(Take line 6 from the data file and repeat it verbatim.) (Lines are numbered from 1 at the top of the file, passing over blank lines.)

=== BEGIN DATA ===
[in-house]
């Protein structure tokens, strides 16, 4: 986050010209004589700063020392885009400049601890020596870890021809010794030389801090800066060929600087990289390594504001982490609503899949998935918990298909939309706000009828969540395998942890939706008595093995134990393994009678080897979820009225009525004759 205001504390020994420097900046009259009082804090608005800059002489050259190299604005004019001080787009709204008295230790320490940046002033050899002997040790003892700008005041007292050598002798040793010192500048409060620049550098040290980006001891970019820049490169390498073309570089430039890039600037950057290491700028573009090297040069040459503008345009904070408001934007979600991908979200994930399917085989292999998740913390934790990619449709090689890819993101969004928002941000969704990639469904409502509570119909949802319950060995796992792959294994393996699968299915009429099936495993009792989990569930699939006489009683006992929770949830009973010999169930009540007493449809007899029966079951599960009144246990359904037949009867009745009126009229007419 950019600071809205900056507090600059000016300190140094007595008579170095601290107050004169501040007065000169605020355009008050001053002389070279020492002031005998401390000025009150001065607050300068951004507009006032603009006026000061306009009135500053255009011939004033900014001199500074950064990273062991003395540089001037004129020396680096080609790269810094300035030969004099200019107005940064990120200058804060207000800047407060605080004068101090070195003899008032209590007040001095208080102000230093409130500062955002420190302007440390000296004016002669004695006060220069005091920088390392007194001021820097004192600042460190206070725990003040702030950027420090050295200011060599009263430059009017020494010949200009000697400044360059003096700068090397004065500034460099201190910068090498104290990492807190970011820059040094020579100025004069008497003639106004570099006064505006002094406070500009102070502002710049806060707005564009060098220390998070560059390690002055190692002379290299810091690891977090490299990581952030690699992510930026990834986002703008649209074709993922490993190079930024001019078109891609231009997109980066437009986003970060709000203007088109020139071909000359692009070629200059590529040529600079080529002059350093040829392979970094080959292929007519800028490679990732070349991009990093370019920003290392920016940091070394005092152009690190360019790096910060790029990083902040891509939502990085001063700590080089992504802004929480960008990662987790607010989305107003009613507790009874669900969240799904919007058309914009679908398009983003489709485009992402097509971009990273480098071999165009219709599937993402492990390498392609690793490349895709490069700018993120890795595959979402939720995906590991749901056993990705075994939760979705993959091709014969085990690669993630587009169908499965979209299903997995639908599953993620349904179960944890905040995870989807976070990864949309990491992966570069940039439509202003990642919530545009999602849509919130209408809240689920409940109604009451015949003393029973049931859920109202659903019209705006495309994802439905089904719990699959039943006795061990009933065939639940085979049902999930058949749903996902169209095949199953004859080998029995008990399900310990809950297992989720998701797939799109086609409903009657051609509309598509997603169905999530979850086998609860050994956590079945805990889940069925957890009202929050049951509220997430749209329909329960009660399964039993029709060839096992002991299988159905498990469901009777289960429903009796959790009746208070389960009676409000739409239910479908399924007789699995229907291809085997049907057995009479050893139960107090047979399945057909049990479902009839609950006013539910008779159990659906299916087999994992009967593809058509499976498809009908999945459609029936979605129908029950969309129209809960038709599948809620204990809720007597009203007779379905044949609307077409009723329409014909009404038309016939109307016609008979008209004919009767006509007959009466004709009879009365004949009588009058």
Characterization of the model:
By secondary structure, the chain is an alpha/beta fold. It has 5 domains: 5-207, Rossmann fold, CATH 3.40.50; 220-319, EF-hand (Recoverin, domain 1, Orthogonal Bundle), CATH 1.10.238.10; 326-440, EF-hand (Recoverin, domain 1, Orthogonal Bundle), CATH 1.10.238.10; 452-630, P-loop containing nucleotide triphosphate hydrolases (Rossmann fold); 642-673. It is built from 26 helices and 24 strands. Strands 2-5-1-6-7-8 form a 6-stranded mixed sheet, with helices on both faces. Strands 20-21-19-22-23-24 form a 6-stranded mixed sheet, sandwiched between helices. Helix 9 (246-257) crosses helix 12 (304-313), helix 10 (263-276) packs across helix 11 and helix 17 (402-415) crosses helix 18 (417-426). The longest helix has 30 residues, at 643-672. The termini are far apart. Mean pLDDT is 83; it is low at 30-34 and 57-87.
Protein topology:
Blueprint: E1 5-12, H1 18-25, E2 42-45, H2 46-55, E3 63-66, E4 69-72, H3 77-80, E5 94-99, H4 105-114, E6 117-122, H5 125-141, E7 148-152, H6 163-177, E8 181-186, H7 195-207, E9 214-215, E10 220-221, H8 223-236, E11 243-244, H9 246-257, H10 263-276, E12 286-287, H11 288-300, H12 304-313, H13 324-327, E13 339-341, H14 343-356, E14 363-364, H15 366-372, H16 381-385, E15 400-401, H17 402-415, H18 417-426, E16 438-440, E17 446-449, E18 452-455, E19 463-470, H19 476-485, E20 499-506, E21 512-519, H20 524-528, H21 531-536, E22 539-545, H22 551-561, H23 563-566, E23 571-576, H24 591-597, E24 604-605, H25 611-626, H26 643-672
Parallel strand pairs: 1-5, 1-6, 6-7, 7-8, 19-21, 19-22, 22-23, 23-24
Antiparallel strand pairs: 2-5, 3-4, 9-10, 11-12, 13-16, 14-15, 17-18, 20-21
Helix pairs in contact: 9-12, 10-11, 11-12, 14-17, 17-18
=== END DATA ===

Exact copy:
Blueprint: E1 5-12, H1 18-25, E2 42-45, H2 46-55, E3 63-66, E4 69-72, H3 77-80, E5 94-99, H4 105-114, E6 117-122, H5 125-141, E7 148-152, H6 163-177, E8 181-186, H7 195-207, E9 214-215, E10 220-221, H8 223-236, E11 243-244, H9 246-257, H10 263-276, E12 286-287, H11 288-300, H12 304-313, H13 324-327, E13 339-341, H14 343-356, E14 363-364, H15 366-372, H16 381-385, E15 400-401, H17 402-415, H18 417-426, E16 438-440, E17 446-449, E18 452-455, E19 463-470, H19 476-485, E20 499-506, E21 512-519, H20 524-528, H21 531-536, E22 539-545, H22 551-561, H23 563-566, E23 571-576, H24 591-597, E24 604-605, H25 611-626, H26 643-672